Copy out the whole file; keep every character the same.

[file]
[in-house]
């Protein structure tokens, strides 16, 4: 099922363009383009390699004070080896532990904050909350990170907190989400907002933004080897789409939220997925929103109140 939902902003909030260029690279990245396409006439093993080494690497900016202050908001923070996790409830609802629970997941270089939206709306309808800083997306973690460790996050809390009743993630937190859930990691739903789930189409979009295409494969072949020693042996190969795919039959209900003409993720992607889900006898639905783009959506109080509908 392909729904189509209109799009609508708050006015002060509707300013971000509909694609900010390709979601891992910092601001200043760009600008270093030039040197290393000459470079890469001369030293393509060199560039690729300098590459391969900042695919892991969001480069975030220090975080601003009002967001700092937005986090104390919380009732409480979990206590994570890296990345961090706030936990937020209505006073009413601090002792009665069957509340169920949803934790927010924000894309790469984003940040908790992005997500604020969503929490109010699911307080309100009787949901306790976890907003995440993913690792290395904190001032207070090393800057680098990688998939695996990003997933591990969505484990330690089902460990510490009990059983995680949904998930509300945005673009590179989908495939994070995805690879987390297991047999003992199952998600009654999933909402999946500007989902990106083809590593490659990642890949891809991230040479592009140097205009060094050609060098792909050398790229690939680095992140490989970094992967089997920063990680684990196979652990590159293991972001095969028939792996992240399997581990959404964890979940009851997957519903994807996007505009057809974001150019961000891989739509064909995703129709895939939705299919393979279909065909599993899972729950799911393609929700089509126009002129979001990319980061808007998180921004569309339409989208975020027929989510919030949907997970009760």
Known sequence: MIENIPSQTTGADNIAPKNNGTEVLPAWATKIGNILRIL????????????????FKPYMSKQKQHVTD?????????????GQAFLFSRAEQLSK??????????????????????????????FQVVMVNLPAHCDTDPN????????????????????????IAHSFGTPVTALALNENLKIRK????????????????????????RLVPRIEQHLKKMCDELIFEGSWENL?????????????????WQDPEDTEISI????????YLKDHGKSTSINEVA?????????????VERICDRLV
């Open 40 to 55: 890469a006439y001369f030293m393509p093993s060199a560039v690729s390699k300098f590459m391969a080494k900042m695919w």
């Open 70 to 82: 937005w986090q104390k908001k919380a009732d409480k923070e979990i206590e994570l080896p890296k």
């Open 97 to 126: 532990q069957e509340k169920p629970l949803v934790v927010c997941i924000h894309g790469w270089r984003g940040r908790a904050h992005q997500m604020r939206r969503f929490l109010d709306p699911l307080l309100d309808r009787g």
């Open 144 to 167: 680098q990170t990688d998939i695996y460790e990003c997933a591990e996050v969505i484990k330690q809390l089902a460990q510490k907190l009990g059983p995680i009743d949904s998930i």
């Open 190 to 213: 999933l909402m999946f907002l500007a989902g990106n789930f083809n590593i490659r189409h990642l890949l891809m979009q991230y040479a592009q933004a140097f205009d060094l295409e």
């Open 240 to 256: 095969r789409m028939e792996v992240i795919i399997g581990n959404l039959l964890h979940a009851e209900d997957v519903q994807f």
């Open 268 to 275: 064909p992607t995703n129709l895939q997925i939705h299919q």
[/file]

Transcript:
[in-house]
């Protein structure tokens, strides 16, 4: 099922363009383009390699004070080896532990904050909350990170907190989400907002933004080897789409939220997925929103109140 939902902003909030260029690279990245396409006439093993080494690497900016202050908001923070996790409830609802629970997941270089939206709306309808800083997306973690460790996050809390009743993630937190859930990691739903789930189409979009295409494969072949020693042996190969795919039959209900003409993720992607889900006898639905783009959506109080509908 392909729904189509209109799009609508708050006015002060509707300013971000509909694609900010390709979601891992910092601001200043760009600008270093030039040197290393000459470079890469001369030293393509060199560039690729300098590459391969900042695919892991969001480069975030220090975080601003009002967001700092937005986090104390919380009732409480979990206590994570890296990345961090706030936990937020209505006073009413601090002792009665069957509340169920949803934790927010924000894309790469984003940040908790992005997500604020969503929490109010699911307080309100009787949901306790976890907003995440993913690792290395904190001032207070090393800057680098990688998939695996990003997933591990969505484990330690089902460990510490009990059983995680949904998930509300945005673009590179989908495939994070995805690879987390297991047999003992199952998600009654999933909402999946500007989902990106083809590593490659990642890949891809991230040479592009140097205009060094050609060098792909050398790229690939680095992140490989970094992967089997920063990680684990196979652990590159293991972001095969028939792996992240399997581990959404964890979940009851997957519903994807996007505009057809974001150019961000891989739509064909995703129709895939939705299919393979279909065909599993899972729950799911393609929700089509126009002129979001990319980061808007998180921004569309339409989208975020027929989510919030949907997970009760």
Known sequence: MIENIPSQTTGADNIAPKNNGTEVLPAWATKIGNILRIL????????????????FKPYMSKQKQHVTD?????????????GQAFLFSRAEQLSK??????????????????????????????FQVVMVNLPAHCDTDPN????????????????????????IAHSFGTPVTALALNENLKIRK????????????????????????RLVPRIEQHLKKMCDELIFEGSWENL?????????????????WQDPEDTEISI????????YLKDHGKSTSINEVA?????????????VERICDRLV
């Open 40 to 55: 890469a006439y001369f030293m393509p093993s060199a560039v690729s390699k300098f590459m391969a080494k900042m695919w």
């Open 70 to 82: 937005w986090q104390k908001k919380a009732d409480k923070e979990i206590e994570l080896p890296k």
């Open 97 to 126: 532990q069957e509340k169920p629970l949803v934790v927010c997941i924000h894309g790469w270089r984003g940040r908790a904050h992005q997500m604020r939206r969503f929490l109010d709306p699911l307080l309100d309808r009787g």
């Open 144 to 167: 680098q990170t990688d998939i695996y460790e990003c997933a591990e996050v969505i484990k330690q809390l089902a460990q510490k907190l009990g059983p995680i009743d949904s998930i």
């Open 190 to 213: 999933l909402m999946f907002l500007a989902g990106n789930f083809n590593i490659r189409h990642l890949l891809m979009q991230y040479a592009q933004a140097f205009d060094l295409e």
């Open 240 to 256: 095969r789409m028939e792996v992240i795919i399997g581990n959404l039959l964890h979940a009851e209900d997957v519903q994807f």
């Open 268 to 275: 064909p992607t995703n129709l895939q997925i939705h299919q």